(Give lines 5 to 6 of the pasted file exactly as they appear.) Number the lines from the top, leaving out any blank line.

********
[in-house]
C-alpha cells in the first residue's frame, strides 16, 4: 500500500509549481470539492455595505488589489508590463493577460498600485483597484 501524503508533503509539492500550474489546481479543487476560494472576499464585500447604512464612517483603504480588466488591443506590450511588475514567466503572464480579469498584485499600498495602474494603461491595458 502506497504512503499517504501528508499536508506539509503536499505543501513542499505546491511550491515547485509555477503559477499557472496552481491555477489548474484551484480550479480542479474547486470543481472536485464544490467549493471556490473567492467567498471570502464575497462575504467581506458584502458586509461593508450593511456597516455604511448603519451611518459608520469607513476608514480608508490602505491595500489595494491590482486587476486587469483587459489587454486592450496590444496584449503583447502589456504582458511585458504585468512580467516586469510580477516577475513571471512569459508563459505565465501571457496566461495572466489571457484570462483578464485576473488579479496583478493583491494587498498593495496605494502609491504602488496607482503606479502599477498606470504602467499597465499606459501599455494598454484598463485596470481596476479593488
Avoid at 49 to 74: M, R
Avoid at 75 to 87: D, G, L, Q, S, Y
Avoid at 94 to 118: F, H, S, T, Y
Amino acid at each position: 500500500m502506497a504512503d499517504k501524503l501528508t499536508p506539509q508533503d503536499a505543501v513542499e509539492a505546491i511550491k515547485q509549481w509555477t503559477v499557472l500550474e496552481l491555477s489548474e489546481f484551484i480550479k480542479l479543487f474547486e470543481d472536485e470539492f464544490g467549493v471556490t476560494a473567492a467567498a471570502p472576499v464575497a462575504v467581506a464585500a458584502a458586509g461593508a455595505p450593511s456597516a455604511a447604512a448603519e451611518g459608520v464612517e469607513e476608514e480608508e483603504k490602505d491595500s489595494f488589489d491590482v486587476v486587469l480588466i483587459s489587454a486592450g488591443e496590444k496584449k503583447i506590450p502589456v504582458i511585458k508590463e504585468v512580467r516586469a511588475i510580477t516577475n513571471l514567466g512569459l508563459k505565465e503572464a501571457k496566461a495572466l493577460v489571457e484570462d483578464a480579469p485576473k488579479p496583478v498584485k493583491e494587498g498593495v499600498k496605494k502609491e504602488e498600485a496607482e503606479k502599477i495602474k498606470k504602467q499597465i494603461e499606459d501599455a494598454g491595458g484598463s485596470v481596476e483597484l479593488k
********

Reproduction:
Avoid at 94 to 118: F, H, S, T, Y
Amino acid at each position: 500500500m502506497a504512503d499517504k501524503l501528508t499536508p506539509q508533503d503536499a505543501v513542499e509539492a505546491i511550491k515547485q509549481w509555477t503559477v499557472l500550474e496552481l491555477s489548474e489546481f484551484i480550479k480542479l479543487f474547486e470543481d472536485e470539492f464544490g467549493v471556490t476560494a473567492a467567498a471570502p472576499v464575497a462575504v467581506a464585500a458584502a458586509g461593508a455595505p450593511s456597516a455604511a447604512a448603519e451611518g459608520v464612517e469607513e476608514e480608508e483603504k490602505d491595500s489595494f488589489d491590482v486587476v486587469l480588466i483587459s489587454a486592450g488591443e496590444k496584449k503583447i506590450p502589456v504582458i511585458k508590463e504585468v512580467r516586469a511588475i510580477t516577475n513571471l514567466g512569459l508563459k505565465e503572464a501571457k496566461a495572466l493577460v489571457e484570462d483578464a480579469p485576473k488579479p496583478v498584485k493583491e494587498g498593495v499600498k496605494k502609491e504602488e498600485a496607482e503606479k502599477i495602474k498606470k504602467q499597465i494603461e499606459d501599455a494598454g491595458g484598463s485596470v481596476e483597484l479593488k